This helps us understand that Abram was making an incredible sacrifice in order to follow the Lord’s command
He was giving up everything that he knew
This was his kinsmen
People he grew up with
For us it would represent extended family, friends, and coworkers
Many people are born, raised, and live their entire lives in the same area
If that’s you, then you understand the significance of what the Lord was asking Abram to leave, to sacrifice
His father’s household
This was his closest family unit, which included his parents, siblings, and their families
Perhaps this would be the most difficult separation of all
How many of us would be willing to leave the familiarity of our “land,” friend-base, and family to be obedient to God’s calling?
Embracing the claims of God requires leaving some things behind.
“He [Abram] must decide whether to abandon his land in favor of the land Yahweh offers. He must decide whether to abandon what family he still has in favor of the family Yahweh promises (against all logic, given Sarai’s infertility). He must decide whether to set aside his blessing, his inheritance, for the inheritance Yahweh describes. The initiative offers much, but its cost is significant. Abram must trust Yahweh to deliver what he has offered in order to give up so much that Abram already has to gain.” [Walton, 392]
We’ll see Abram’s choice when we get to verse 4
PRINCIPLE #1 – To become disciples we must be willing to leave anything we are asked to leave.
Each person/family may be asked to leave different things, because we’re all individuals, we’re all different, we don’t all value the same things
Too often we can become complacent where we are and ineffective as God’s ambassadors of the Gospel
The Lord may require us to leave our “creature comforts” in order to bring us to a place where we can be effective again, where He can use us for His glory
Matthew 10:37-39, “Anyone who loves his father or mother more than me is not worthy of me; anyone who loves his son or daughter more than me is not worthy of me; and anyone who does not take his cross and follow me is not worthy of me. Whoever finds his life will lose it, and whoever loses his life for my sake will find it.”
I’m reminded of a missionary who struggled with the reality that the place God was calling he and his family to serve, was hostile towards Christians and there was real danger that his family could be persecuted and harmed. This father had to spend time alone with God in the woods surrendering his children to the Lord. He had to be willing to sacrifice his own family in order to be a disciple of Jesus.
Mark 10:29-30, “I tell you the truth,” Jesus replied, “no one who has left home or brothers or sisters or mother or father or children or fields for me and the gospel will fail to receive a hundred times as much in this present age (homes, brothers, sisters, mothers, children and fields – and with them persecutions) and in the age to come eternal life.”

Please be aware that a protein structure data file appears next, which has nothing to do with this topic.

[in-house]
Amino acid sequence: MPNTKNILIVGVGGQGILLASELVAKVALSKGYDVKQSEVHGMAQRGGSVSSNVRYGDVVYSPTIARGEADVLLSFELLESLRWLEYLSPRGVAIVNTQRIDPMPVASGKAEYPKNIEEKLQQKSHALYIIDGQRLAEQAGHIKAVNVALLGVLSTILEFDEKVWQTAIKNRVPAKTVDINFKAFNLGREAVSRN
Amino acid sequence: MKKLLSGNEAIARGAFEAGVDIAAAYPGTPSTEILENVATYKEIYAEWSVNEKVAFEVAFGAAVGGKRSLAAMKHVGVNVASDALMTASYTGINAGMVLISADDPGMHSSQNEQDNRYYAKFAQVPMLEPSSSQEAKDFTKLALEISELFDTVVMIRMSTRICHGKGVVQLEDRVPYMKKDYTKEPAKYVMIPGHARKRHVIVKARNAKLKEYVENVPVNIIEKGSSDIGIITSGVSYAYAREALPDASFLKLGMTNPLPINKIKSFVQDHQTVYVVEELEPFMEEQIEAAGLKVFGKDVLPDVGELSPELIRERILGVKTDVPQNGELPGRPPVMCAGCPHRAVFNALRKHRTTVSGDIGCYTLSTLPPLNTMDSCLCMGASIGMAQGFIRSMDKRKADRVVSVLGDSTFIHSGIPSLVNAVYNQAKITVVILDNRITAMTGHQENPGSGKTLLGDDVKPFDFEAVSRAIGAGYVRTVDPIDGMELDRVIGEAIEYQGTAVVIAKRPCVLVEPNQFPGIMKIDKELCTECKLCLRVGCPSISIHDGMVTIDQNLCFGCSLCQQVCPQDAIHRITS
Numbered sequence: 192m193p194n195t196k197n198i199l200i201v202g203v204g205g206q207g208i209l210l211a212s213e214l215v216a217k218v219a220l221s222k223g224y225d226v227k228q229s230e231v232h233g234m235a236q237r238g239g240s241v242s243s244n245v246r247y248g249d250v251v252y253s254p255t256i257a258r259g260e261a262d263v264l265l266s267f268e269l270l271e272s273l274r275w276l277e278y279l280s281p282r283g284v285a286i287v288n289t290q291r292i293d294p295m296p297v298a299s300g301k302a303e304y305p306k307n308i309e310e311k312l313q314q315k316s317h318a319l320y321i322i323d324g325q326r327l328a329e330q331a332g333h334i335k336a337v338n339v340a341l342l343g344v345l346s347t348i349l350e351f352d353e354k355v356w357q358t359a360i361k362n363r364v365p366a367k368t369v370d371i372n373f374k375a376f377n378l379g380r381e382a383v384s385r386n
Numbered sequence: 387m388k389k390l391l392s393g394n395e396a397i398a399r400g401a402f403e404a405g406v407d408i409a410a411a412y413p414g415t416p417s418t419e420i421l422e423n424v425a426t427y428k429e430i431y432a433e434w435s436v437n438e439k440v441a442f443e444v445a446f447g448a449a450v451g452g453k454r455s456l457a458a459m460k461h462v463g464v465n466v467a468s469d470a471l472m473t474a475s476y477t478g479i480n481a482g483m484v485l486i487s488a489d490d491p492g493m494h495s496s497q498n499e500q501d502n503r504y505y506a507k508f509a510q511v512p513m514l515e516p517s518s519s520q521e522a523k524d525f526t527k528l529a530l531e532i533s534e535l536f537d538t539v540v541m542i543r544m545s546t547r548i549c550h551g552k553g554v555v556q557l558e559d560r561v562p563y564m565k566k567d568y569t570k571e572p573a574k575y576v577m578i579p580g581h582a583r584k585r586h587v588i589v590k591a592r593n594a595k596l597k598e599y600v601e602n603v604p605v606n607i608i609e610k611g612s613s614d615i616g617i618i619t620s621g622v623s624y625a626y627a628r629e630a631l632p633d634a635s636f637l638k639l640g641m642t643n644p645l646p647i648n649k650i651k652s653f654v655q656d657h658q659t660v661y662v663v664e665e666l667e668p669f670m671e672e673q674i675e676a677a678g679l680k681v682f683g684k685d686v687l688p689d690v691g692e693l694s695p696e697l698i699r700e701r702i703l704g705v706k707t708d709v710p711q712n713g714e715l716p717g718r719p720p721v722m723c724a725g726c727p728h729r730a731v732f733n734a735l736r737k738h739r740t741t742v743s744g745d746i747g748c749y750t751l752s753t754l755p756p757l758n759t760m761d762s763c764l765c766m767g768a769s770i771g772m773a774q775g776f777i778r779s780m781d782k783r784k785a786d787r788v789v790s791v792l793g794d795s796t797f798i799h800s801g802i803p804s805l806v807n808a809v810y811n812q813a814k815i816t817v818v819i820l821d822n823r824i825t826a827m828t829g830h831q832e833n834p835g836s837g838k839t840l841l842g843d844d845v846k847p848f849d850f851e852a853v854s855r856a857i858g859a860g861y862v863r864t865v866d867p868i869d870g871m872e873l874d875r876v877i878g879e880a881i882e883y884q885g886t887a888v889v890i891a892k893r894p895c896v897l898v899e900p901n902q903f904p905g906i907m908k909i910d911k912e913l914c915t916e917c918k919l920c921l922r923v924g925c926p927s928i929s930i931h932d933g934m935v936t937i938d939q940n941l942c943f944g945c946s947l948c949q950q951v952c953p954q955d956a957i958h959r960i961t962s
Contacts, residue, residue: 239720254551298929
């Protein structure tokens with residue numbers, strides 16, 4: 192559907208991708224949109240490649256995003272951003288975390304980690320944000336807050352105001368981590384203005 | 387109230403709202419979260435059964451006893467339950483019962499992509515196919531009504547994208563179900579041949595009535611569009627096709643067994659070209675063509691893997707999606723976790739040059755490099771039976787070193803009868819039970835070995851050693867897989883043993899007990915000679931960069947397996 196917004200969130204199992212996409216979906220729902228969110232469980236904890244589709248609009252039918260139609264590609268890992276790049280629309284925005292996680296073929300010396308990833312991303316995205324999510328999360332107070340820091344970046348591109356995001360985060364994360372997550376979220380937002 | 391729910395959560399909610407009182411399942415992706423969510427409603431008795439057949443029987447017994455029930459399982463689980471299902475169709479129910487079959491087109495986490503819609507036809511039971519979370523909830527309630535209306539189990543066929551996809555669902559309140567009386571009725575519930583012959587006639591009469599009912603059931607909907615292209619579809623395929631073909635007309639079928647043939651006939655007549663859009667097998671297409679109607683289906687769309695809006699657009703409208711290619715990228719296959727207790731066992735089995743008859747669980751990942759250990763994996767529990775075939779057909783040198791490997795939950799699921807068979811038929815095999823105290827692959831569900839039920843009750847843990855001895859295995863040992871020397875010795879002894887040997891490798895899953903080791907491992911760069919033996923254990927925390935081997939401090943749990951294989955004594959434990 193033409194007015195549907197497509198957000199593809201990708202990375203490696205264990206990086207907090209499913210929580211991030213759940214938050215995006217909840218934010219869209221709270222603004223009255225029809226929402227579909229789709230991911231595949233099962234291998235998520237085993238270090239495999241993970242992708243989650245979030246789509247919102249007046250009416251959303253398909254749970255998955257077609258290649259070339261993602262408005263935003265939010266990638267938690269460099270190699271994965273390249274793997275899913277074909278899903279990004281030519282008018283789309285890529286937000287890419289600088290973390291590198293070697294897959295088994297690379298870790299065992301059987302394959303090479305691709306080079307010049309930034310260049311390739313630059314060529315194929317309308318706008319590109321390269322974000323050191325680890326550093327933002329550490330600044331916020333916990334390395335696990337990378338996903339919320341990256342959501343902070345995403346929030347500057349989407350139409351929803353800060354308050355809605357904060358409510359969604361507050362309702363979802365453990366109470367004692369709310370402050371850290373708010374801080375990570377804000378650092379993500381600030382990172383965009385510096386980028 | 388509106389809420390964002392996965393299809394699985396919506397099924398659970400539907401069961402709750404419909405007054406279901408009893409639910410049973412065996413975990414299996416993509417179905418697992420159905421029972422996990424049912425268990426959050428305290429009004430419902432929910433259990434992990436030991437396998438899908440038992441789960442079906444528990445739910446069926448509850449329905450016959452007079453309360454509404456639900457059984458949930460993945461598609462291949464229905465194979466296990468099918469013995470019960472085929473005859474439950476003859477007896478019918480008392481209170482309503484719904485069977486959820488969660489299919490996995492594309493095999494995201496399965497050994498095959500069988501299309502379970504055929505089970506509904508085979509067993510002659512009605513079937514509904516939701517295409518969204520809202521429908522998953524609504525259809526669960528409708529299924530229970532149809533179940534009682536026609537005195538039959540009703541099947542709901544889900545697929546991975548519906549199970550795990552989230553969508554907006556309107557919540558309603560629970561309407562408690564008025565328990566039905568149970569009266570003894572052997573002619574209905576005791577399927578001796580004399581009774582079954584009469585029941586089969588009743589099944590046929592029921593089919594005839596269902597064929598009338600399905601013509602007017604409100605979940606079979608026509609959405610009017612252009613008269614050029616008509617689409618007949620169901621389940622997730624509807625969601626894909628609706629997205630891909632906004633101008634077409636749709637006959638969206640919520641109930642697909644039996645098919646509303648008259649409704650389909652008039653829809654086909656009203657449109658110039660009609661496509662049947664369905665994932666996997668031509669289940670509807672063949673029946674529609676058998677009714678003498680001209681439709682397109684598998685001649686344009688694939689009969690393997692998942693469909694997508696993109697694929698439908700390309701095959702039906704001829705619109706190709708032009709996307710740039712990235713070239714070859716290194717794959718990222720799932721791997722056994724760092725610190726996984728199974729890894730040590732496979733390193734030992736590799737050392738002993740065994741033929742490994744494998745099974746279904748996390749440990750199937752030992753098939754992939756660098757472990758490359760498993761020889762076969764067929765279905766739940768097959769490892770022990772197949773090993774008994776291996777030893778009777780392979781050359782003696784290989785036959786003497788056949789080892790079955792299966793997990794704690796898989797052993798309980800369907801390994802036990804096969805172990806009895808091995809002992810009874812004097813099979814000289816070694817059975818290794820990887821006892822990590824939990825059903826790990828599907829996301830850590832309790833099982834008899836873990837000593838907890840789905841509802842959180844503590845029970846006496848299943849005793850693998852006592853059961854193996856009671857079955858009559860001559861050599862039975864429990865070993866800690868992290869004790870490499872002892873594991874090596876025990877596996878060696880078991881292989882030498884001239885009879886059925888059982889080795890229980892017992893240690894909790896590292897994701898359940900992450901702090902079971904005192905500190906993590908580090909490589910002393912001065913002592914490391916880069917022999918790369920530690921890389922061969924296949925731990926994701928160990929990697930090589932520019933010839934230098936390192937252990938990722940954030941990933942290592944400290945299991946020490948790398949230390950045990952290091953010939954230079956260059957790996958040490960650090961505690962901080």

This is what my parents did 34 years ago when they left everything they knew in PA and moved to AL to begin church planting (both of my parents were born and raised in south central PA and most of their siblings and their families live here)
Judy and I have experienced the same thing and I’m certain that we were willing to follow the Lord’s leading because of the example of my parents
Jim Elliot wrote in his journal, these words: “He is no fool who gives what he cannot keep to gain what he cannot lose.”
What has God called you to?
Have you been obedient to that calling, or are you still waiting?
Abram waited 25 years
I waited 13 years
“‘Lord, why aren’t You directing me?’ we cry. ‘I already did,’ He answers. ‘Twenty-five years ago, I told you what to do. And I won’t give you more to do until you do what I’ve already told you.’” [Courson, Jon Courson’s Application Commentary, Old Testament, Volume 1: Genesis-Job, 59]
It’s never too late to be obedient
#1 – My Next Step Today Is To: Be obedient to the call God has placed on my life and not wait any longer.
#2 – My Next Step Today Is To: Be willing to leave anything that God is asking me to leave in order to be obedient to His calling.
God’s first command to Abram was to leave and His second command was to go
It had been 25 years since God called Abram to leave Ur, but he hadn’t completed the journey yet, because he’d gotten sidetracked in Haran
God had told Abram, while he was in Ur, to go to the land He would show him
Abram hadn’t forgotten this command
Perhaps he was honoring his father by remaining in Haran until he died
The patriarchal system in the Ancient Near East was very strong
We’re not told if Abram is given any specifics about where to go while he was living in Ur
My guess is that the Lord told him to head west
The Lord would have had to give him some kind of direction, even if He didn’t give him the specific name of the region or land
That information is shared in verse 5
The Lord was not asking Abram to give up anything He was not going to replace in the future [Walton, 399]